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Over the Fence

Where gardeners come to find out what's happening out in the yard.

Natural Enemies of Destructive Insects

Posted by Richard Hentschel -

There are a great many beneficial insects in the home landscape that can help gardeners manage destructive insect populations without ever opening the pesticide cabinet. Common to the yard are insect predators, parasitic wasps and natural pathogens that all work to our advantage. Some insects provide immediate control like lady bugs that feed on aphids. There are others like the parasitic wasp that lays their eggs on or inside an insect pest that later emerge to find additional pest to become hosts to their eggs. Predator insects can have an appetite for all forms of the pest, often eating eggs, young adults and adult forms of the insect.

Natural pathogens could be fungi, bacteria and nematodes. These can attack the larvae or caterpillar stages above or below ground. Bacillus thuringiensis (Bt) is a common example. Cabbage worms and the tomato hornworm are common targets in the vegetable garden. The natural rise and fall of lawn insects like sod webworm that live in the soil can be attributed to natural pathogens too. With all the wet weather we have been experiencing, bacteria and fungi are doing very well.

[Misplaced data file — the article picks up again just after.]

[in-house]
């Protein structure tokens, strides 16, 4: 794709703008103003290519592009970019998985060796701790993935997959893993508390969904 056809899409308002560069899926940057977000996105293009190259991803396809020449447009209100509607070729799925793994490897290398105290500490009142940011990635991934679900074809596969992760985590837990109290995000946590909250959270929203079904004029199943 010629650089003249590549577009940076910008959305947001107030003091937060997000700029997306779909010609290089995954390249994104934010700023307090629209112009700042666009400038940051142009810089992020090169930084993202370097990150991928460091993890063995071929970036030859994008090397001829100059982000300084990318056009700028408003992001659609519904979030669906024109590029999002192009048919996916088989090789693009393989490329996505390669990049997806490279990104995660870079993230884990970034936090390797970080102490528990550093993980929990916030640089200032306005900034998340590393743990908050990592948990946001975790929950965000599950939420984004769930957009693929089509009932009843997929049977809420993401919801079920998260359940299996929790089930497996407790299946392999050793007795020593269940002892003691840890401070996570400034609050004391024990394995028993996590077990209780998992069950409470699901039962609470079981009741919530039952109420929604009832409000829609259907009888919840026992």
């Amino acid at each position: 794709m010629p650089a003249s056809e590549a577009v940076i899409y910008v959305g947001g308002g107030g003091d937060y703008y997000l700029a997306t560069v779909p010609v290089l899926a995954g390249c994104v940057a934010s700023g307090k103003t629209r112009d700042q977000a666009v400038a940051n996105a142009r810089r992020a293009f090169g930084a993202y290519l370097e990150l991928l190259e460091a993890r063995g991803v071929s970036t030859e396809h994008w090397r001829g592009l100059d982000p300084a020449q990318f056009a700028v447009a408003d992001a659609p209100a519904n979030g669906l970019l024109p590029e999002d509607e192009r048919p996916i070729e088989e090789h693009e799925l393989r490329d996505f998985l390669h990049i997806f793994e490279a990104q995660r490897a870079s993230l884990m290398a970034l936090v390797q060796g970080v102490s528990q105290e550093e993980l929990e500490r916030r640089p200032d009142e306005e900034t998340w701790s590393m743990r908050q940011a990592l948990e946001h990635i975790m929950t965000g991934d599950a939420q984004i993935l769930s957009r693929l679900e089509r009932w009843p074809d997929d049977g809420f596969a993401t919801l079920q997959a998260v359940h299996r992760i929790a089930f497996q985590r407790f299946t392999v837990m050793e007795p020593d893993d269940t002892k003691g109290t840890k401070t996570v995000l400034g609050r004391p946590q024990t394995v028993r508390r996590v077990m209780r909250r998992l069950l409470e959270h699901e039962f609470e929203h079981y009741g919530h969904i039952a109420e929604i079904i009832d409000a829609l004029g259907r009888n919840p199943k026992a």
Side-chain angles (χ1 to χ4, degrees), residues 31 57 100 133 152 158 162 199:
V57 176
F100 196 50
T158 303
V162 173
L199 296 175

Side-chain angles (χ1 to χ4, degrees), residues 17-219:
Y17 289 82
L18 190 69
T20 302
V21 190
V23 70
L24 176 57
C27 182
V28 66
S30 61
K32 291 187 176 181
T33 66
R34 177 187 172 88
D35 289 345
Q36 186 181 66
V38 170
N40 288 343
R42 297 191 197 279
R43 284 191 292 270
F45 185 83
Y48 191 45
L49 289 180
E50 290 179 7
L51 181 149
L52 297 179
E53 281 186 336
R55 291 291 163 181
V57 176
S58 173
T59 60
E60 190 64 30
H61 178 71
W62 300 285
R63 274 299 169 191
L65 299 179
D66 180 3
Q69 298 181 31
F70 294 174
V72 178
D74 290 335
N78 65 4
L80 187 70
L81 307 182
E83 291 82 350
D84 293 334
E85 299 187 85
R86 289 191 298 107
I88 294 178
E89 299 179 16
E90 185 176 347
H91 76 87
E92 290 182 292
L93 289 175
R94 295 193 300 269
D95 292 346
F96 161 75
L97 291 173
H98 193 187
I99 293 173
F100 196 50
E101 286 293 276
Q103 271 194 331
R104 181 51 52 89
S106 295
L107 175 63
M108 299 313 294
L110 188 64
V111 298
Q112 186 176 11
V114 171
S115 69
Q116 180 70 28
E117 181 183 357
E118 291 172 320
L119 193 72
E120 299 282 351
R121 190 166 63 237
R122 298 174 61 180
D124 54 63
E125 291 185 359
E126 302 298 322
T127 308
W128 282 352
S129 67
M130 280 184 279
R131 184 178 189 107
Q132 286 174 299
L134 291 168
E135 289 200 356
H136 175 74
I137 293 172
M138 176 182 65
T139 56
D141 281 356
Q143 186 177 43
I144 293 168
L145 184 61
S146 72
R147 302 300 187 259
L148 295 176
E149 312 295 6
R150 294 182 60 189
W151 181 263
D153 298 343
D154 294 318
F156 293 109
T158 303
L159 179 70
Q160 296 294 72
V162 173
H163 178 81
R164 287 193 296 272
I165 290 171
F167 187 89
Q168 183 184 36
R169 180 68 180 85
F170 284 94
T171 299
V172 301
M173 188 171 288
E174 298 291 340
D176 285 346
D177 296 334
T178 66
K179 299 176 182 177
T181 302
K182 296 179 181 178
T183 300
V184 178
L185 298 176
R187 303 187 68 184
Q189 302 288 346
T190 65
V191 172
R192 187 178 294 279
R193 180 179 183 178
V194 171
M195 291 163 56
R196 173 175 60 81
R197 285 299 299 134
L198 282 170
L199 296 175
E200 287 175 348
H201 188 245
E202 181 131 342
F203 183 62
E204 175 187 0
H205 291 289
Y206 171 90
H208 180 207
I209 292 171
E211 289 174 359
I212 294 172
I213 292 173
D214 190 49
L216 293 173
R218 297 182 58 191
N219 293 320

The goal is to invite and keep those beneficial insects in your yard so they are there when there an outbreak of destructive insects. Gardeners can initially introduce lady bugs for example, but without something to eat to keep them in the landscape, they move away to find something to eat elsewhere. One approach is to plant what is called trap crops or plants. These plants are very attractive to destructive insects which then are available to the predators. These plants are never treated with an insecticide. Later when there is an outbreak in the garden or on a shrub, predators are there to take care of the problem. Trap crops are typically placed at the edge of the garden or nearby. Gardeners can also augment existing populations by introducing additional predators to help out those already in the garden and landscape.

A more passive approach would be to be sure your garden contains flowers that those natural enemies are drawn to. Plants in the carrot, aster, pea and mustard families are good examples. The carrot family contains several of our herbs we use (dill, fennel), the aster family has several of our flowers we like (coneflower, coreopsis, cosmos) and the mustard family has the mustards, sweet alyssum and others.

Biological management of destructive insects then involves a wide range of naturally occurring enemies which together can manage insect populations. If there is still a need to use a pesticide, use one that is safe for the predators. An example of one that is not friendly is a miticide, making no distinction between a predator mite and a destructive one. Bt is a natural pesticide that can control specific worms without harming desirable moths and butterflies. In all cases when there seems to be a problem in the landscape or garden, be sure to identify the insect first to be sure that is the one actually doing the damage. Predator insects also have different stages that may look like they are the ones doing the damage. Lady bug adults are easy to spot, yet the larvae stage looks much different and is often mistaken for the insect doing the actual damage.


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